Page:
From the 1st June 2015 there will be a new regulation put into place. This will only apply to the legislation for classification and labelling of substances and mixtures.
The classification, labelling and packaging regulation requires that companies provide symbols on all of their products with the correct hazardous symbol before they are sent out to be sold.
By law you have to use these symbols on chemical bottles or packaging to ensure that it is made clear what the product can cause if it is used in an inappropriate way. They will determine whether the products are explosive, oxidising, highly or extremely flammable, toxic, harmful, irritant, corrosive or dangerous towards the environment.
The harmful symbol has been replaced by an exclamation mark pictogram. This will refer to a less serious hazard such as a skin irritancy.
As well as the old CHIP symbols being replaced there has also been two new symbols added to the CLP legislation.
This symbol of a person has been introduced to reflect serious long term health hazards acting as carcinogenicity or respiratory sensitisationThis picogram symbol represents a bottle of ‘gas under pressure’
If you receive chemicals that still have the old CHIP labelling on the product or packaging then you shouldn’t be concerned. Products that still have the old CHIP symbols on can still be used as long as the new safety data sheets (SDS) are downloaded and can be seen clearly within your working enviroment. There will be a 2 year grace period for the new CLP legislation to come into full affect but all manufacturers must provide newly labelled substances from the 1st June 2015.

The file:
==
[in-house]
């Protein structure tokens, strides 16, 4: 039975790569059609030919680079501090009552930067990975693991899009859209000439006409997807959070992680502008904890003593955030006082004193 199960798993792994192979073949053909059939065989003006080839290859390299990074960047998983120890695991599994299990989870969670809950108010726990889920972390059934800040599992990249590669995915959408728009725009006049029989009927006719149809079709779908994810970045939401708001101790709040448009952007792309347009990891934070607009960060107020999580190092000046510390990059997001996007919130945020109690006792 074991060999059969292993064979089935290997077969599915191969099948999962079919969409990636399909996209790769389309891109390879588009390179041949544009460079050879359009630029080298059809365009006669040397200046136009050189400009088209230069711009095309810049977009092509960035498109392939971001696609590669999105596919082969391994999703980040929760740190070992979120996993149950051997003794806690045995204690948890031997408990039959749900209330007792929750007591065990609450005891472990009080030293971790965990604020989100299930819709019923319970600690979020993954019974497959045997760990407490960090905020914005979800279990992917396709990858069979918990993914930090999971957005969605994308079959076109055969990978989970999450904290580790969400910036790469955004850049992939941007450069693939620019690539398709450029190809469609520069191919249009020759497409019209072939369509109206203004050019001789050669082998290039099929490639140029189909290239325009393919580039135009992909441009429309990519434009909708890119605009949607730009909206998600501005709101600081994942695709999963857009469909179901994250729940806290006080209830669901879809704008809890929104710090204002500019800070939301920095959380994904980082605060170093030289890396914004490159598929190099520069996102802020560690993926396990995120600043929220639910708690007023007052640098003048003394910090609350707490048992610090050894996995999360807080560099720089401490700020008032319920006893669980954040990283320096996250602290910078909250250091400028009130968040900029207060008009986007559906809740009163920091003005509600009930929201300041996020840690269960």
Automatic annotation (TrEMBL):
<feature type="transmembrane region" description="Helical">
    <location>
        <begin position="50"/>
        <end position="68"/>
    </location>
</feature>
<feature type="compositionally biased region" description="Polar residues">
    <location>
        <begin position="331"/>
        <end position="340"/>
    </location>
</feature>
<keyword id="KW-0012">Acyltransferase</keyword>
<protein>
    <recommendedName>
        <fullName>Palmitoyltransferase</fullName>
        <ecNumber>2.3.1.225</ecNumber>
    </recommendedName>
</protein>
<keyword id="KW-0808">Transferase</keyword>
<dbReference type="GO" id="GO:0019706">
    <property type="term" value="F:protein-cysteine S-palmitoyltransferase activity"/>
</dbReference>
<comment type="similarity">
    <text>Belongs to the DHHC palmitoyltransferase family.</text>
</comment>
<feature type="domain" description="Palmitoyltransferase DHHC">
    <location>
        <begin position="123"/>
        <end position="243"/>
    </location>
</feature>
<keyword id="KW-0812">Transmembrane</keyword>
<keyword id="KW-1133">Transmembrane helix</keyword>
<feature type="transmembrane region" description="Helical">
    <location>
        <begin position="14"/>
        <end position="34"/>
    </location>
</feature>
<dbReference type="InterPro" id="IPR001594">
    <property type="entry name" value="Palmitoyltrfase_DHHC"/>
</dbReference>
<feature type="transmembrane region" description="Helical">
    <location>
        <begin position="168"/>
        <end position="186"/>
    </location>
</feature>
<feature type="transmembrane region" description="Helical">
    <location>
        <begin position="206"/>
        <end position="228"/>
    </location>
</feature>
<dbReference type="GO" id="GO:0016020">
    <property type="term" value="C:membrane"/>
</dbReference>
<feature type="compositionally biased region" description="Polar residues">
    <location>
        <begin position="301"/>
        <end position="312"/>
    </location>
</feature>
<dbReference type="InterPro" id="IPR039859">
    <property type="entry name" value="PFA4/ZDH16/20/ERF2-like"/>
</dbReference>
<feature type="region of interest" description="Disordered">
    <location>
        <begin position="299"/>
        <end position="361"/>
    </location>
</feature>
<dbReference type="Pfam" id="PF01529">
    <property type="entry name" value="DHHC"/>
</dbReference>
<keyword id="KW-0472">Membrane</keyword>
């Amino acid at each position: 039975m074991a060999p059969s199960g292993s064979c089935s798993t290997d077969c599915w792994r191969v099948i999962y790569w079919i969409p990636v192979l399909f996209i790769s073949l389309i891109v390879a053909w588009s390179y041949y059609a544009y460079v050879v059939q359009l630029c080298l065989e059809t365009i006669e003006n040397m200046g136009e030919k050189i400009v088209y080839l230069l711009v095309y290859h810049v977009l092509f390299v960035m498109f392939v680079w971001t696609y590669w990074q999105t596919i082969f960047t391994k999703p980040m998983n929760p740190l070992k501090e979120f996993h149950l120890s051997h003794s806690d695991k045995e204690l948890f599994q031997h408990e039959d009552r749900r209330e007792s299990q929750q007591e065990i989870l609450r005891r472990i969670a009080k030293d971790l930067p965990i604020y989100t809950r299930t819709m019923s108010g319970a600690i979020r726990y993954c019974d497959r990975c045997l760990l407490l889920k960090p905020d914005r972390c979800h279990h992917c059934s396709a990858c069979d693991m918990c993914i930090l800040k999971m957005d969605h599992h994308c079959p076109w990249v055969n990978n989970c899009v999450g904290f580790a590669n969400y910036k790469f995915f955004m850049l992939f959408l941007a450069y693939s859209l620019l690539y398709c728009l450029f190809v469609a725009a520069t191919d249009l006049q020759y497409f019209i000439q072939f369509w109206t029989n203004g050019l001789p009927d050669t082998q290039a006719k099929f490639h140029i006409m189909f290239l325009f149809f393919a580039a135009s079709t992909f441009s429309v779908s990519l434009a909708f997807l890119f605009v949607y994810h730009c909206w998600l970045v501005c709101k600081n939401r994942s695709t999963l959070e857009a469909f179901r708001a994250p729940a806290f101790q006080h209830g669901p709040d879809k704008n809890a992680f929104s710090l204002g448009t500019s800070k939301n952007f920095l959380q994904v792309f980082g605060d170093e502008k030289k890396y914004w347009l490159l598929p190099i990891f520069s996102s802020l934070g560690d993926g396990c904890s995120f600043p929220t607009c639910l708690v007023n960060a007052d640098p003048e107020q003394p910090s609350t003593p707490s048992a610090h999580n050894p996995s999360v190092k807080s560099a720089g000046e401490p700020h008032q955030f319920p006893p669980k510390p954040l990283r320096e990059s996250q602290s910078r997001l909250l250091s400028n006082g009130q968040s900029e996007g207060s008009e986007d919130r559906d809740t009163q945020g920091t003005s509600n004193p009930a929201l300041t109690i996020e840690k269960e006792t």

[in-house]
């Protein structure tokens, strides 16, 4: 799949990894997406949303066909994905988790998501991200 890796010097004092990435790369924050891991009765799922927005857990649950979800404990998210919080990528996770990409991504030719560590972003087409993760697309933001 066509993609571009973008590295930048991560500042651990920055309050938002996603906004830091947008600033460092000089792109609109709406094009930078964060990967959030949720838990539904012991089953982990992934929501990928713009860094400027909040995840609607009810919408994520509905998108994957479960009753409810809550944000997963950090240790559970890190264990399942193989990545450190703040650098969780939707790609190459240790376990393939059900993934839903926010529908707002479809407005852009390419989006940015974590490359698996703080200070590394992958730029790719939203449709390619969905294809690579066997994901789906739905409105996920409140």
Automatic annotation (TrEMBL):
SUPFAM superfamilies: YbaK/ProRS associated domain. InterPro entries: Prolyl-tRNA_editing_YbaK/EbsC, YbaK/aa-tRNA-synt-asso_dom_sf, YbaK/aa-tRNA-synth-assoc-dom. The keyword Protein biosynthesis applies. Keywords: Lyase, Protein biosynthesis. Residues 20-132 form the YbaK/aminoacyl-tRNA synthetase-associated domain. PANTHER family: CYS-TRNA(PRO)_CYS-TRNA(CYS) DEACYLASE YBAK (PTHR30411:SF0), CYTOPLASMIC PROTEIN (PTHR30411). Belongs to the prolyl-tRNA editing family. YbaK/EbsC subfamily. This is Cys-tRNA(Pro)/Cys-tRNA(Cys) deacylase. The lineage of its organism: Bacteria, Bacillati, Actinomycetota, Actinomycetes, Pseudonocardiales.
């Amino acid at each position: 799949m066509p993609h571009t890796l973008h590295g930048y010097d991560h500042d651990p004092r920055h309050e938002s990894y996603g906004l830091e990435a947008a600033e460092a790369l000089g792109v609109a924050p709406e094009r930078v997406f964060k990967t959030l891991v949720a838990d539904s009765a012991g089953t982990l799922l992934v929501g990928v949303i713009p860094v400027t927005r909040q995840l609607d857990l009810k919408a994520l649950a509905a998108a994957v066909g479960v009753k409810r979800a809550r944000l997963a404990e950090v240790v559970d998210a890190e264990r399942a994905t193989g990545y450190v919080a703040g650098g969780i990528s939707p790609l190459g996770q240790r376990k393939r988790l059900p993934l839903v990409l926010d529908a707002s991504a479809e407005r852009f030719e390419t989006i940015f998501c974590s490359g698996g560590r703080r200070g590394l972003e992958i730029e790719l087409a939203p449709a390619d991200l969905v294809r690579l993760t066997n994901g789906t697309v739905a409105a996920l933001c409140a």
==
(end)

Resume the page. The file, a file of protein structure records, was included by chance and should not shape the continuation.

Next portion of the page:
As the pictograms are changing it doesn’t mean that the products have changed, they will still be the same but just with different CLP pictograms on the product and its packaging to ensure you are correctly informed what type of substance it is and how harmful it is.
Furthermore, products that may not have had a symbol on the packaging or bottle before may now have one of the new pictograms on them to indicate that they may now be classified as hazardous.
You should check that the personal protective equipment that you are recommended to wear when dealing with hazardous chemicals may have changed due to the new CLP legislation. The protective eyewear, gloves and aprons may have been improved for your protection.
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